Dignitarian Posthumous Personality Rights - An Analysis of U.S. and German Constitutional and Tort Law
53 Pages Posted: 12 Dec 2008 Last revised: 16 Nov 2009
Date Written: December 9, 2008
Should reputational protections exist for the dead in general and in artistic works in particular? After all, there currently seems to be a trend to spice up depictions of actual incidents by adding imaginary elements, or to intersperse historical facts and figures to render a fully made-up story more credible. The present article examines whether family heirs have legally cognizable rights against inaccurate portrayals of their deceased relatives. Toward this end, the article compares U.S. law to the quite different German approach in the Mephisto decision - a landmark ruling issued by German Federal Constitutional Court (Bundesverfassungsgericht) that established a right to posthumous personality protections based on human dignity (BVerfGE 30, 173). The traditional common law position is, however, that the publication of defamatory material about a deceased person does not give rise to a cause of action by relatives or an organization having the task of protecting the deceased's reputation, and that even a commenced action often has no survivability. This the dead don't hear approach gets - as said - contrasted with the wide-ranging protection for deceased persons in Germany, which is only limited by the passage of time. The article covers in comparative perspective issue such as human dignity as a constitutional value, the basis of of postmortales Persoenlichkeitsrecht including its time span and rights to sue, the prospects for developing a common law posthumous personality right, the particular value of artistic expressions and the remedies available.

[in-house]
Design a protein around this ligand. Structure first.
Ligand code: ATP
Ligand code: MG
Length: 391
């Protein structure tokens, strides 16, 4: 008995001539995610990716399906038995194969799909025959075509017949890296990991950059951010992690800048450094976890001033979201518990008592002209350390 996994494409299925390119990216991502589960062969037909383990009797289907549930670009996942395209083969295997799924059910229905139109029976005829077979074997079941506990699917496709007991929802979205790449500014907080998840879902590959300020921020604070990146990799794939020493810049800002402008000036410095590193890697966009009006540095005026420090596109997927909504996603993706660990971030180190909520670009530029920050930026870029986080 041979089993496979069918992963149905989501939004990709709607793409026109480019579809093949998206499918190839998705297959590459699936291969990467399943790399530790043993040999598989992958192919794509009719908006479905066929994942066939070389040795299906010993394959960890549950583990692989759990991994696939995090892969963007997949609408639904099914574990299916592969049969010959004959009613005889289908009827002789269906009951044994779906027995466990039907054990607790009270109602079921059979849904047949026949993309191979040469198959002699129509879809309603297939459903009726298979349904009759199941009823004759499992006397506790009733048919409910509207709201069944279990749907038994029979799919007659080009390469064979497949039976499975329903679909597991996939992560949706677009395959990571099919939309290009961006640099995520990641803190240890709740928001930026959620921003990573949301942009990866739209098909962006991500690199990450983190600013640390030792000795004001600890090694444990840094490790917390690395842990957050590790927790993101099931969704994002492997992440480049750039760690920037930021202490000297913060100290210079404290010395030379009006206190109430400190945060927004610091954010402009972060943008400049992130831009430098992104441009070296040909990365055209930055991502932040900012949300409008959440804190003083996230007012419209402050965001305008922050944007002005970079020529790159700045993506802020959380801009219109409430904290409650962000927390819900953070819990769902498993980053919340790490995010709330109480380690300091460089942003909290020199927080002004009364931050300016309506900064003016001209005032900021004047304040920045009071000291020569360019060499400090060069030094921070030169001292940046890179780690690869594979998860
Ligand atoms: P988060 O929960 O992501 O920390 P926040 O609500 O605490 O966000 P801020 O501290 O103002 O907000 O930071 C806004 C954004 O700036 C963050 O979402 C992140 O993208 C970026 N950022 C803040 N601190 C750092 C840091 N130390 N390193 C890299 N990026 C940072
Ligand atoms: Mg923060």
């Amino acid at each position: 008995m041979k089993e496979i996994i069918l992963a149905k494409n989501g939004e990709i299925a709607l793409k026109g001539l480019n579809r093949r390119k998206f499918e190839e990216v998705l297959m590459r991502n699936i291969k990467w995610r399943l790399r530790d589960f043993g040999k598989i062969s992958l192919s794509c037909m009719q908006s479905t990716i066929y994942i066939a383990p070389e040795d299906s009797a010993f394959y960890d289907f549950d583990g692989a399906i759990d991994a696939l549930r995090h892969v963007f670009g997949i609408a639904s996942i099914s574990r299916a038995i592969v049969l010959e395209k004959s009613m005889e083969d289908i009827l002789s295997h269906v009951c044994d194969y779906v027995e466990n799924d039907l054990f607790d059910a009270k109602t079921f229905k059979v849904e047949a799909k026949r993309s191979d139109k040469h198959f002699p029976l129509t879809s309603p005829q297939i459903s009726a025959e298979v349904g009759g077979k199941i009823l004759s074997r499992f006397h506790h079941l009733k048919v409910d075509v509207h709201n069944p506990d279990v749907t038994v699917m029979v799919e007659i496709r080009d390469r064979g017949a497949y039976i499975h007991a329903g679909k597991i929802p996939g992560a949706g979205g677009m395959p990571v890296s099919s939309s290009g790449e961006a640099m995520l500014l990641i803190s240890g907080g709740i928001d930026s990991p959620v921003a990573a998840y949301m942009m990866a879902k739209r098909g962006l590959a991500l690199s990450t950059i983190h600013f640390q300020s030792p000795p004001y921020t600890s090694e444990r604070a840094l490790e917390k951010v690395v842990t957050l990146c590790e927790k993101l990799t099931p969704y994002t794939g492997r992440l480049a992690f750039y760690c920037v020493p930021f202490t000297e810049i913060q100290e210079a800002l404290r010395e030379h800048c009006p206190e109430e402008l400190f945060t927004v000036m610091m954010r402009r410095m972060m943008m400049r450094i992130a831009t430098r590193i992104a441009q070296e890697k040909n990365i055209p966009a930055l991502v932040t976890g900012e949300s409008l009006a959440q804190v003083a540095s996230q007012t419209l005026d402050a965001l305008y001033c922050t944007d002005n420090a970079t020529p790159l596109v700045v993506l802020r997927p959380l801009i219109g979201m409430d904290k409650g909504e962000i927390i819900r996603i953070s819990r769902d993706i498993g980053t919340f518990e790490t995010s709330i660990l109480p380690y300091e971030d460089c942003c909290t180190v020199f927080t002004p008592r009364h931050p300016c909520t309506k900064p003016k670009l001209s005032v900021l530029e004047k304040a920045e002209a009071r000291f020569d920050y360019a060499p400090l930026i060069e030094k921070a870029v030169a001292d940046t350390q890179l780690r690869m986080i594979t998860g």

Keywords: posthumous personality rights, human dignity, free speech, dignitarian and commercial aspects of personality rights, tort law
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